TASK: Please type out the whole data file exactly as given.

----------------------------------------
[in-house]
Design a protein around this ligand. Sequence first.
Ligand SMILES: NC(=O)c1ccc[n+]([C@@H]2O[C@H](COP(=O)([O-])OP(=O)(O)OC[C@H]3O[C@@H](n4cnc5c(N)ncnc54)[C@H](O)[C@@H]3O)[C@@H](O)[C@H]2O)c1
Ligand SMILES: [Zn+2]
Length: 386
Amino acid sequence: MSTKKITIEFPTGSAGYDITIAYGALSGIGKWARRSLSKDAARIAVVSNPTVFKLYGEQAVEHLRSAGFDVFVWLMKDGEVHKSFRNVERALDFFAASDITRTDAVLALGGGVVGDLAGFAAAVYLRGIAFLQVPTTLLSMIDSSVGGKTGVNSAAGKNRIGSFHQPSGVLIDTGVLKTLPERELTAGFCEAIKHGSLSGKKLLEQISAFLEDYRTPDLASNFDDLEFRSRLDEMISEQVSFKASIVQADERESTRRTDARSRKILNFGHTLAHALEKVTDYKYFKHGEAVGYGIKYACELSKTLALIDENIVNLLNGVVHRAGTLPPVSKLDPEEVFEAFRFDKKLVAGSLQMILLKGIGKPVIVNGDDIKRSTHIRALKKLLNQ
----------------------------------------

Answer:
[in-house]
Design a protein around this ligand. Sequence first.
Ligand SMILES: NC(=O)c1ccc[n+]([C@@H]2O[C@H](COP(=O)([O-])OP(=O)(O)OC[C@H]3O[C@@H](n4cnc5c(N)ncnc54)[C@H](O)[C@@H]3O)[C@@H](O)[C@H]2O)c1
Ligand SMILES: [Zn+2]
Length: 386
Amino acid sequence: MSTKKITIEFPTGSAGYDITIAYGALSGIGKWARRSLSKDAARIAVVSNPTVFKLYGEQAVEHLRSAGFDVFVWLMKDGEVHKSFRNVERALDFFAASDITRTDAVLALGGGVVGDLAGFAAAVYLRGIAFLQVPTTLLSMIDSSVGGKTGVNSAAGKNRIGSFHQPSGVLIDTGVLKTLPERELTAGFCEAIKHGSLSGKKLLEQISAFLEDYRTPDLASNFDDLEFRSRLDEMISEQVSFKASIVQADERESTRRTDARSRKILNFGHTLAHALEKVTDYKYFKHGEAVGYGIKYACELSKTLALIDENIVNLLNGVVHRAGTLPPVSKLDPEEVFEAFRFDKKLVAGSLQMILLKGIGKPVIVNGDDIKRSTHIRALKKLLNQ